This year I decided to participate in the Top 5 of 2013 roundup started by Gillian of Crafting a Rainbow. I remember last year reading everyone’s top 5 lists and didn’t want to miss out on the fun this year. Today I’m posting my Top 5 Hits of the year. I made a ton of stuff this year, a bit over 60 knit or sewn items at last count, so narrowing it down to my favorite individual items seemed like a bit of an impossible task. Instead I’m doing my 5 general hits of the past year, in no particular order. Here goes!

Archer Button Up Pattern

Grainline Studio | Top 5 Hits 2013 | Archer Pattern
My number one hit this year has to be the Archer Button Up pattern. At last count I’d made 16 Archers, mostly for myself but a few were for other people. In addition to making a bunch of these I also taught a class at Lillstreet on making the Archer so I think it’s safe to say this pattern has pretty much ruled over my 2013.

Polka Dot Moss

Grainline Studio | Top 5 Hits 2013 | Polka Dot Moss
I made this Moss Skirt shortly after the new year with fabric from IKEA and have worn it to death. I think there was a 2 week heat wave period this summer when I wore this skirt every day. I love it in the summer, love it with tights in the fall, I had no idea how much you could wear a polka dot skirt. Major hearts!

Sewing with Knits

Grainline Studio | Top 5 Hits 2013 | Sewing with Knits

This year I really dove into knits more heavily than in the past, and I really enjoyed it! I started with this polka dot sweatshirt, then adapted the Scout Tee for knits, finishing with the release of my free Hemlock pattern. Sewing with knits is a good time but I was always frustrated that between my sewing machine and serger I was always faking a professional hem. I admit that I’m one of those people who likes to do things the right way and having a fake coverstitch hem on these shirts drove me nuts so a few weeks ago I purchased a coverstitch / chainstitch machine. I’m really excited to work with it in 2014 so expect to see more knit projects around these parts!

Ikat Fabric

Grainline Studio | Top 5 Hits 2013 | Ikat Fabric

Ikat fabric seemed to be a real theme with my sewing this year. I was on a bit of a silk kick in the years past but for some reason I kept buying up ikat left and right in 2013. The fabric usually has a great drape and is cool in the warmer months so that made it perfect for summer. I think that chambray was probably a second runner up in my fabric department this year, but it’s not as exciting so I’m giving this one the win, ha!

Handknits

Grainline Studio | Top 5 Hits 2013 | Handknits

I’ve had a bit of a knitting dry spell for the past few years but I really got back into it this year through small projects. Hats (top, middle, and no idea what pattern I used for the bottom), socks (Priscilla’s Dream Socks as always), and a hot water bottle cozy (Garment House). I also finished up my Icelandic sweater earlier in the year and started on the Stonecutter by Brooklyn Tweed this winter. I’ve got a bit to go on that but I’m chugging right along and am about half done with the back. I’m looking forward to doing more knitting this winter now that I’m back in the game!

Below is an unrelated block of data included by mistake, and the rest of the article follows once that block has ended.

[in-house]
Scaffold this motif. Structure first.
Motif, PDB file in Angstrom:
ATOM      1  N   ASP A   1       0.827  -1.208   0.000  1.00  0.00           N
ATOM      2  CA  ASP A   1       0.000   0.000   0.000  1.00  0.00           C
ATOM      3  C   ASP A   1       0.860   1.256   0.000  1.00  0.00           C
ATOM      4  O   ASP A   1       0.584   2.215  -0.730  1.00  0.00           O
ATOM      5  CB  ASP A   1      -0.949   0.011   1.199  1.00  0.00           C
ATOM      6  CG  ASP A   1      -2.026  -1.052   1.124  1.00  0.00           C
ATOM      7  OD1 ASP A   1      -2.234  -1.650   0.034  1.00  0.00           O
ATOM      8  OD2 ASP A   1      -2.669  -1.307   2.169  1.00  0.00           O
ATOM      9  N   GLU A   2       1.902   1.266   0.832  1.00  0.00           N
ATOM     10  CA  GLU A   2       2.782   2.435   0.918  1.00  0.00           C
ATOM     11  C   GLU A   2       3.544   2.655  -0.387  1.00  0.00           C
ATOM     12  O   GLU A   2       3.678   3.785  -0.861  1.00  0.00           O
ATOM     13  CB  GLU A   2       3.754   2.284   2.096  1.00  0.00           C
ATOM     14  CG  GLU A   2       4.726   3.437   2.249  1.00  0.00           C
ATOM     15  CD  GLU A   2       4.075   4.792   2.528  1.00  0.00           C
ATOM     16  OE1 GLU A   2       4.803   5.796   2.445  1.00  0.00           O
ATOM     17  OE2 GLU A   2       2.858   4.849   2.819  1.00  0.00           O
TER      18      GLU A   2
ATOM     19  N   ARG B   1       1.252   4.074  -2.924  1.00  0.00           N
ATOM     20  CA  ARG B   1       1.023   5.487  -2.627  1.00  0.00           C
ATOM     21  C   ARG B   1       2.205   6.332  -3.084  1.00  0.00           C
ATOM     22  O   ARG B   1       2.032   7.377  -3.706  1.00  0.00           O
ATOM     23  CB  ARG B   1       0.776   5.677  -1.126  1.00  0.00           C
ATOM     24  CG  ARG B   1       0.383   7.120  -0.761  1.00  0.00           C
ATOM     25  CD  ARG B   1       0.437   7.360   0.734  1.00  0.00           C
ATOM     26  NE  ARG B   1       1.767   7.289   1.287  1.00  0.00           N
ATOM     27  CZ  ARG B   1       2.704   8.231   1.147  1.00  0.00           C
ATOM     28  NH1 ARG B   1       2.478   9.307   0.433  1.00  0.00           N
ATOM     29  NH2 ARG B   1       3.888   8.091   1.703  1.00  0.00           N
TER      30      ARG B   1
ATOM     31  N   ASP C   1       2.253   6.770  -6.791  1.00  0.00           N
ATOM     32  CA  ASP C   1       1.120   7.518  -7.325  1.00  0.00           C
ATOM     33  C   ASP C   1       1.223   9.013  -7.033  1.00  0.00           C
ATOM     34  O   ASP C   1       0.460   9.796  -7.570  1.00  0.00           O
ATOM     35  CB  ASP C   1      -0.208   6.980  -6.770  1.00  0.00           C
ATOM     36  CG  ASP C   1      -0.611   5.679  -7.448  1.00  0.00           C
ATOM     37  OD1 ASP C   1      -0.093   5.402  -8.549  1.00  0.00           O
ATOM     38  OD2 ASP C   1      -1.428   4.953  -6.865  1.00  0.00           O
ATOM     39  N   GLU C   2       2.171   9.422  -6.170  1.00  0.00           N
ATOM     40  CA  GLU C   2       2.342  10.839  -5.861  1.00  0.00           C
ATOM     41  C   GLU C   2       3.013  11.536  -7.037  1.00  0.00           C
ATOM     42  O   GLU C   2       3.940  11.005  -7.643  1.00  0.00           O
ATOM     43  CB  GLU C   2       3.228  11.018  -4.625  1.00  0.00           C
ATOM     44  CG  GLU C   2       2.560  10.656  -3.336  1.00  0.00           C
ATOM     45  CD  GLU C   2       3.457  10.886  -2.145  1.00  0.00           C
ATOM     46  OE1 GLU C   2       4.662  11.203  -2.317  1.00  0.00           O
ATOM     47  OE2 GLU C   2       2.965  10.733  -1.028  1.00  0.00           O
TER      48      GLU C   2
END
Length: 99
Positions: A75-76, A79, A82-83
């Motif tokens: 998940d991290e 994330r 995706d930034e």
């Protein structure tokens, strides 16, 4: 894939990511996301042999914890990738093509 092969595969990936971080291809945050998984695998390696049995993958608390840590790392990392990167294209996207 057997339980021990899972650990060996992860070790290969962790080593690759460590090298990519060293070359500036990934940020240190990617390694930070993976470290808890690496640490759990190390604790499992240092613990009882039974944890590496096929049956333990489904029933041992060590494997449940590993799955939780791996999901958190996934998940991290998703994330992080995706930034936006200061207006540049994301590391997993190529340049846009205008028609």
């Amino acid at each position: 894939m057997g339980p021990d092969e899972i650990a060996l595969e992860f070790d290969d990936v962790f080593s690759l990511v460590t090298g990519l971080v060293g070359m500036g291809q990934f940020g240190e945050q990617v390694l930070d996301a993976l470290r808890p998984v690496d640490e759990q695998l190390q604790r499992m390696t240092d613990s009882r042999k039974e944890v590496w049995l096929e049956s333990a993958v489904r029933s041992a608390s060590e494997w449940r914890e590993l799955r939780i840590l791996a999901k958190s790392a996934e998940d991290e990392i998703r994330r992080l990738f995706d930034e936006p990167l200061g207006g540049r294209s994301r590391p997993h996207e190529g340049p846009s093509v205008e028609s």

Well that’s my Top 5 Hits of 2013, check back tomorrow for my Top 5 Misses. Not looking forward to that one… ha!

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Make It

2013 Handmade Ornament Exchange | Snowy Owl

Grainline Studio | 2013 Holiday Ornament Exchange | Snowy Owl

It’s time for the 2013 Ornament Exchange ornament reveals! You may remember this exchange from last year, Kelli over at True Bias came up with the idea last year and I’m so excited to be a part of it for a second year. Last year I made this little Narwhal ornament and because I love a good theme, I stuck with nature and went all Snowy Owl over here!

Grainline Studio | 2013 Holiday Ornament Exchange | Snowy Owl

I have full instructions and a pattern for the little snowy below the jump. Be sure to check out the other ladies participating, I’ve been receiving their ornaments over the past week and it’s been so fun checking my mailbox every day. Thanks Kelli for organizing this swap again!

kelli | miranda | sonja | krista | jennifer | katy | laney | erica

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Tips & Tricks

Tips & Tricks | Archer Yoke on the Bias

Grainline Studio | Tips & Tricks | Archer Yoke on the Bias

A quick little tip for your plaid Archers if you’d like to cut your outer yoke on the bias, consider cutting the inside yoke on the straight grain. I find this cuts down a bit on stretch at the shoulder seam and neckline. Super easy!

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Sewing Tutorials

Sewing Tutorial | Quick & Easy Plaid Matching

Grainline Studio | Quick & Easy Plaid Matching

I’ve gotten a lot of questions about plaid matching since the release of the Archer Button Up Shirt and especially now with Archer Appreciation  Month. Today I’m going to show you a really easy quick way to make sure your plaids match up. Personally I’m of the camp where I don’t worry too much about the general placement of each vertical stripe on my garments, I kind of like a bit of a random look with that, but I do want my stripes to line up horizontally across my shirt from front to back to sleeve. This is a really quick way to make sure that happens. Draw a straight line connecting the underarm points across the front, back, and sleeve. Since the pattern is drafted for these points to meet up this will make sure your plaids meet as well.

Grainline Studio | Quick & Easy Plaid Matching